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Watch out for Neymar: Ravi Shastri

Friday, 13 June 2014 - 7:00am IST | Place: Mumbai | Agency: DNA

Brazil are my favourite team for their flair. Going by the way they played in the FIFA Confederations Cup last year, smashing everybody along the way including Spain in the final, they start as favourites for this year’s World Cup. Not to forget, they have Neymar.

I won’t leave Spain one bit, though. Spain would have done their home work. They will come back stronger. They would start as favourites alongwith Brazil.

Spain may be an old team but with their experience, they might fight back. But they have to be wary of Neymar when he starts firing. When you are on a roll, at home or away, you are unstoppable. With that kind of brilliance, they will be hard to stop. They have to play aggressive football.

I have never had a chance to watch the FIFA World Cup from close quarters. We used to watch a lot of football during our tours of England in 1982, 1986, 1990 — all World Cup years. I still remember Paolo Rossi scoring goals aplenty in the latter half of the 1982 edition to help Italy win the World Cup. Rossi was unbelievable in that World Cup. As much as I like Brazil, he was instrumental in Italy beating Brazil (second round). His ability to score in big matches has been a lasting memory.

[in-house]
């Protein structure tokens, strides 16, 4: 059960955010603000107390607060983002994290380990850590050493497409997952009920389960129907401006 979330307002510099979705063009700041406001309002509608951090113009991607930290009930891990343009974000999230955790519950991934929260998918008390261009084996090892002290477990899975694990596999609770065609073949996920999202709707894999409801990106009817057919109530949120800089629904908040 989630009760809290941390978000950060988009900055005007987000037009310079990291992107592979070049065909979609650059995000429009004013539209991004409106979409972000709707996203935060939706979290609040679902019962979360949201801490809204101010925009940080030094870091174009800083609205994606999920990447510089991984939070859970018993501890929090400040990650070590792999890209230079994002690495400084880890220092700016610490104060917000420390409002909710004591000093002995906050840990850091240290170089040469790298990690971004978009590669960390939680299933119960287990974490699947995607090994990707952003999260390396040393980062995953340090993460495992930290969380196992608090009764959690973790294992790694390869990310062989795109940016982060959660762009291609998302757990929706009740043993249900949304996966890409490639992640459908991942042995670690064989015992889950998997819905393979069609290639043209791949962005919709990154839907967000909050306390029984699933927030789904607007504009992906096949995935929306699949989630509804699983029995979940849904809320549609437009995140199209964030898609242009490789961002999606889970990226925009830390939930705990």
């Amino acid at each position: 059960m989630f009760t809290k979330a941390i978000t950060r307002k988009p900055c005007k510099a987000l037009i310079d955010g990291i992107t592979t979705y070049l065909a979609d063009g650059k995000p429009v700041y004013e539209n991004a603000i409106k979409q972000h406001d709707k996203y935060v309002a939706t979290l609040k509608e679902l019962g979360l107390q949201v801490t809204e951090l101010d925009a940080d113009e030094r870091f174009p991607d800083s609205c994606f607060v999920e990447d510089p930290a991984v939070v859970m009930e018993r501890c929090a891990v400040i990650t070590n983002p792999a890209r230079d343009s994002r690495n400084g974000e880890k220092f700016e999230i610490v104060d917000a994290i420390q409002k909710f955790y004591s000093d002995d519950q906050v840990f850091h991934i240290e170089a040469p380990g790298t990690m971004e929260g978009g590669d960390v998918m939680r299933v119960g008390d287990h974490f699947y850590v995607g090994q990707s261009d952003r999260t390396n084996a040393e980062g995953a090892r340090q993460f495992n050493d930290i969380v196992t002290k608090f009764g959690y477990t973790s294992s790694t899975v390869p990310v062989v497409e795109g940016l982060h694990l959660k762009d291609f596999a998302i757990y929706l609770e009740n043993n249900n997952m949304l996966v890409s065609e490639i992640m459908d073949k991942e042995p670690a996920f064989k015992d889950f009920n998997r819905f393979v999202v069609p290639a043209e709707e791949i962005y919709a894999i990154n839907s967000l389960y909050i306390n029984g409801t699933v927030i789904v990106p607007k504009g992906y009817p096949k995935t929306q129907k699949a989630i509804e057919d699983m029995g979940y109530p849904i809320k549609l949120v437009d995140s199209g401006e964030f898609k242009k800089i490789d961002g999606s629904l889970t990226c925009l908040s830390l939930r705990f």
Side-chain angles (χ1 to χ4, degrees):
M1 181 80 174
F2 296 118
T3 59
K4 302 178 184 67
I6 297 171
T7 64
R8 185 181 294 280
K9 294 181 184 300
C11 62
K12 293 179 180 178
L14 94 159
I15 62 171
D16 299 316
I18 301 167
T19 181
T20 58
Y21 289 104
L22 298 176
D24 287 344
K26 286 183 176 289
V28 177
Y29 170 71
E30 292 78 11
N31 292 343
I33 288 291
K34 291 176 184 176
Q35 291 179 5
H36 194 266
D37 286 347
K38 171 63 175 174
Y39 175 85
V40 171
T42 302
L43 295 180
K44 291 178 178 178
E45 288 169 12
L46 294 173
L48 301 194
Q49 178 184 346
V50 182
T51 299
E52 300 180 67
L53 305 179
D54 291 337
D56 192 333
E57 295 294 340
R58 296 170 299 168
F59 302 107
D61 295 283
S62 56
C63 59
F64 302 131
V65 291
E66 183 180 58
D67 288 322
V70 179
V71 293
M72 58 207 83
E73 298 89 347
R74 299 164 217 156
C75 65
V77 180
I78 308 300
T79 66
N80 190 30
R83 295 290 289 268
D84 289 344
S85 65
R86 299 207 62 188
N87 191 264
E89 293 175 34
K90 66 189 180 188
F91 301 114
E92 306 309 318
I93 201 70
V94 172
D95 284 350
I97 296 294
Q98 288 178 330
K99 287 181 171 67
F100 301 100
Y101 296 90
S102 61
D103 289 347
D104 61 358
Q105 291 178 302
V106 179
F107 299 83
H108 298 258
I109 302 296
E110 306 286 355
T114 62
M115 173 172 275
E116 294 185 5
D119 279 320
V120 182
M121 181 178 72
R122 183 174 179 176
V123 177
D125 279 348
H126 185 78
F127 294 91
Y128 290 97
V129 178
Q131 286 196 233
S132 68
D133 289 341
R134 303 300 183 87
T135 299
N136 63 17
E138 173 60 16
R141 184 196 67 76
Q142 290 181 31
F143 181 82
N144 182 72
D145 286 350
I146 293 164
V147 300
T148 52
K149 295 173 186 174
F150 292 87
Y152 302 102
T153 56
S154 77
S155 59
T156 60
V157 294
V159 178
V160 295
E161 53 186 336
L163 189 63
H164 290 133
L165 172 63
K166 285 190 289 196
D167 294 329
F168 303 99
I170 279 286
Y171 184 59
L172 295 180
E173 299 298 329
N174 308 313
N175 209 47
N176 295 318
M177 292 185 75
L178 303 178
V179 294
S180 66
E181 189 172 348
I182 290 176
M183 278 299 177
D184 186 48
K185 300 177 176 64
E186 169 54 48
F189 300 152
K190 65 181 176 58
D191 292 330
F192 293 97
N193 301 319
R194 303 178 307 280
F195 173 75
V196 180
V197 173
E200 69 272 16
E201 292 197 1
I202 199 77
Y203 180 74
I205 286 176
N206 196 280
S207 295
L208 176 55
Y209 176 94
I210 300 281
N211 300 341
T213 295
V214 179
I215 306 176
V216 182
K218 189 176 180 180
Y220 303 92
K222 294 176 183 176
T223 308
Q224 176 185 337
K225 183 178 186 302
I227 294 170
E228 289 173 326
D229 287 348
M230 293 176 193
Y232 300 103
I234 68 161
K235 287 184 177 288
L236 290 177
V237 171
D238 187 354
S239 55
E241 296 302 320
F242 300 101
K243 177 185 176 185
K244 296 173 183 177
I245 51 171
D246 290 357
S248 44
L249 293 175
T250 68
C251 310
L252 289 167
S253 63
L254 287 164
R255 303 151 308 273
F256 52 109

For him to score that many goals — a hat-trick against Brazil, two in the semifinals and one in the final — was unbelievable.

By scoring that hat-trick, he broke Brazilian hearts. At that time, I was in England with the Indian team team. The noise that the Italians made, all the honking, Italian restaurants distributing free pizza...

Having said that, Diego Maradona’s exploits in 1986 are right up there. An absolute genius, a powerhouse of a player who won Argentina the World Cup single-handedly. Maradona’s 1986 and Rossi’s 1982 are my lasting memories of the World Cup.

Even though I have not watched a FIFA World Cup match at the stadium, I have met quite a few footballers. On one occasion, Viv Richards and I had gone to a bar in Cardiff and there were four Welsh players — Ian Rush, John Alridge, Mark Hughes and one more, I don’t remember. It was an enjoyable evening with the football greats.

(Ravi Shastri is a former India cricket captain. He spoke with G Krishnan)




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